The section below lists the activities undertaken and the research methods employed in the SEES project:

  • integrated assessment of EES in cars: characterisation and classification of types of EES components considering legal, environmental and economic aspects;
  • assembly study: study of EES assembly and future trends;
  • disassembly study: studying EES disassembly from new and end-of-life vehicles to identifying influences on disassembly time, cost and improvement potential;
  • EES recycling: development of mechanical and chemical recycling EES processes;
  • plastic recycling: development of plastic recycling processes for disassembled EES as well as for shredding residues;
  • shredding study: study the contribution of the EES in the shredder output fractions and their recycling/recovery potential;
  • environmental and economic studies: life-cycle assessment and costing case studies to define optimum design options and end-of-life scenarios, development of methods to evaluate recyclability/recoverability potential of EES and to simulate end-of-life scenarios;
  • co-design guidelines: development of guidelines to improve the environmental profile of EES considering the whole life cycle;
  • development of a new EES concept: application of the eco-design guidelines and prototyping of specific parts and functions for a new EES concept, and study of intelligent materials to facilitate disassembly;
  • product test: testing and validation of the new EES concept;
  • software development: development of software tools to support EES designers and recyclers in evaluating different designs and end-of-life scenarios.


Parent Programmes
Institution Type
Public institution
Institution Name
European Commission
Type of funding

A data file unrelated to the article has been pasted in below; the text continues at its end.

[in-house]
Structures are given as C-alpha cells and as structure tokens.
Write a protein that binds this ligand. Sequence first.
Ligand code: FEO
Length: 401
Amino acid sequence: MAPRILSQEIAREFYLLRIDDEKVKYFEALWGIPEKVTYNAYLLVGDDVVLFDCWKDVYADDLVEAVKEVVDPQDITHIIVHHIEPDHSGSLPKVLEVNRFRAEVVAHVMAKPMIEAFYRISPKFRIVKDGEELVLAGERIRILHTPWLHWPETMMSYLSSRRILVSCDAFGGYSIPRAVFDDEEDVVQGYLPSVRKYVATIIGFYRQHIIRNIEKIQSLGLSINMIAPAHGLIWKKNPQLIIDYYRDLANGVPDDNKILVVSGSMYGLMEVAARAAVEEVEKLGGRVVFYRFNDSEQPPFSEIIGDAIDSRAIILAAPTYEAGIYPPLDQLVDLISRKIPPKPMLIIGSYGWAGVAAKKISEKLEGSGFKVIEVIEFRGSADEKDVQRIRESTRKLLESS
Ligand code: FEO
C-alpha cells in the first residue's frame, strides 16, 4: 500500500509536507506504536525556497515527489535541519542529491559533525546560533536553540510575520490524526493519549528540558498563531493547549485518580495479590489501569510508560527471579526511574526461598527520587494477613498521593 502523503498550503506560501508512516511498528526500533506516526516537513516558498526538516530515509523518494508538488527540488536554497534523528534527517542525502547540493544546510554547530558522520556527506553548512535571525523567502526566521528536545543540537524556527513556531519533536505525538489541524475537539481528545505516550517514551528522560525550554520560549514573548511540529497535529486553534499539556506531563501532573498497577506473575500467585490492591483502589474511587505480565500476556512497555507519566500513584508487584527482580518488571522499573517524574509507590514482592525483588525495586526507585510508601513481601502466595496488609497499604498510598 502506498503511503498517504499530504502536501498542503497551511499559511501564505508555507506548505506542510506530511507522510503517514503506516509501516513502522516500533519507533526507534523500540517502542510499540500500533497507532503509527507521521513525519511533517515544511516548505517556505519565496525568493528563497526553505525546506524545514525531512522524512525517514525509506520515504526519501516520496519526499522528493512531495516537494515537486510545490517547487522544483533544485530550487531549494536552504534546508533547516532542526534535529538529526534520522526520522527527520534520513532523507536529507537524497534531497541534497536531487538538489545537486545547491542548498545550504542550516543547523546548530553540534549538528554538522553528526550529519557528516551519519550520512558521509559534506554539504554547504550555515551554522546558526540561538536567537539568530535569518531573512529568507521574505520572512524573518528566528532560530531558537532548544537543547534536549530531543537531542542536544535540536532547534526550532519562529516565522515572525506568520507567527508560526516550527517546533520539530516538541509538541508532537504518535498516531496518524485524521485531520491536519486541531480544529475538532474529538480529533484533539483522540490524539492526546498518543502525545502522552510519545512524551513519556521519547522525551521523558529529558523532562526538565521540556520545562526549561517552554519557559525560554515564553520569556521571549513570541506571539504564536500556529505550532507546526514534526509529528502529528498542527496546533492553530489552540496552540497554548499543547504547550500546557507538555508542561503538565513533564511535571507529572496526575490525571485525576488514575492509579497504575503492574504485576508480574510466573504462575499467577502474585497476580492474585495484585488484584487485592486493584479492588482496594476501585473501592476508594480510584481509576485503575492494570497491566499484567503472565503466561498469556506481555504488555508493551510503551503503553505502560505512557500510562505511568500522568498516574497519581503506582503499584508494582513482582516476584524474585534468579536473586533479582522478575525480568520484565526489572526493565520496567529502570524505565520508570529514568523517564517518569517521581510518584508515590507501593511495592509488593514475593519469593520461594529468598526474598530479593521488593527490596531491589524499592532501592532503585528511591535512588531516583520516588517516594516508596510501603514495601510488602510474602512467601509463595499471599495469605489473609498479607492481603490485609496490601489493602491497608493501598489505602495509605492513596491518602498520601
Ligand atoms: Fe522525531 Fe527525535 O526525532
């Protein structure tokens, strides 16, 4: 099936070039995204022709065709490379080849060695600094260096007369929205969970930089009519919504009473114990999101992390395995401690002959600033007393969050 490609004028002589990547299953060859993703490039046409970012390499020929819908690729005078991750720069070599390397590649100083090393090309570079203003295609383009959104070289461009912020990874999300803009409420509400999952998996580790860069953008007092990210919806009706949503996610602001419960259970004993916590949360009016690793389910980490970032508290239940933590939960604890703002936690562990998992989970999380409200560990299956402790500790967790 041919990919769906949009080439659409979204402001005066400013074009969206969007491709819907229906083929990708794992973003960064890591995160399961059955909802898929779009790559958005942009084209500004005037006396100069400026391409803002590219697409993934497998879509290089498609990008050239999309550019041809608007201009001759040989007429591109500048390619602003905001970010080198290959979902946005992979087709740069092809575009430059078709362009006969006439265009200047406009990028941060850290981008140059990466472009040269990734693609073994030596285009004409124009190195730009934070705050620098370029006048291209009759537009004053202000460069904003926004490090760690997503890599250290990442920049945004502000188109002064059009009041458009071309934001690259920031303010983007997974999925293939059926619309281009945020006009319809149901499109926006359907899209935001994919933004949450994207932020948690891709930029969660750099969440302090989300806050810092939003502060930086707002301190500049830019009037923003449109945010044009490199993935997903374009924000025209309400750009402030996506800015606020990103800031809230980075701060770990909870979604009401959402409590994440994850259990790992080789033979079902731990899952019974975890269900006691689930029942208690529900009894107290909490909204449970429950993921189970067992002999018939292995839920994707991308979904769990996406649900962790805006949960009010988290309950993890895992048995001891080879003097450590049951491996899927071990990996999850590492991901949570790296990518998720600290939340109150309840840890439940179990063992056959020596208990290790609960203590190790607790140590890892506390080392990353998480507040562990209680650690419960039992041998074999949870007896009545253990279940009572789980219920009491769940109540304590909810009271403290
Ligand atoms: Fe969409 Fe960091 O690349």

Public (EU)


The main products of the SEES project were:

  • Investigation of the optimal transport, dismantling and shredding procedures for the automotive EES through real tests;
  • Demonstration of metal and plastic recycling technologies for automotive EES incl. value added applications of the recycled materials;
  • Environmental and economic assessment of the EES life cycle steps using Life Cycle Assessment (LCA) and Life Cycle Costing (LCC) methodologies;
  • Specific methodologies and a software tool to assess end-of-life scenarios and recyclability/recoverability of EES products;
  • Eco-design guidelines to improve future EES designs towards sustainability;
  • New EES concepts and specific parts/functions prototypes to improve sustainability of EES.

Technical Implications

In an industry-wide context, the achievements of the SEES project are expected to have the following impacts:

  • Improve sustainability of EES products and processes;
  • Favour metal and plastic recycling processes for automotive EES to increase recovery and reuse rate;
  • Reduce resource consumption and quantity of auto shredding residue (ASR) that goes to landfill;
  • Reduce the costs associated with end-of-life processes of automotive EES;
  • Increase the competitiveness of European automotive EES designers, producers, dismantlers and recyclers;
  • Contribution to standards (dismantling procedure for EES, Design for Environment Guidelines for EES, Life Cycle Costing Methodology).


Lead Organisation
Technische Universitaet Berlin
17-19,Salzufer 17-19, 10587 BERLIN, Germany
Organisation website
Partner Organisations
Cima Kereskedelmi, Szolgaltato Es Innovacios Kft
SZAKONY, FO UTCA 120, Hungary
EU Contribution
Lear Automotive (Eeds) Spain S.l.
EU Contribution
Fundacion European Software Institute
Organisation website
EU Contribution
Universitat Rovira I Virgili
Carrer De Escorxador, 43003 Tarragona, Spain
Organisation website
EU Contribution
Rohm And Haas Electronic Materials Europe Ltd
Herald Way, COVENTRY, United Kingdom
EU Contribution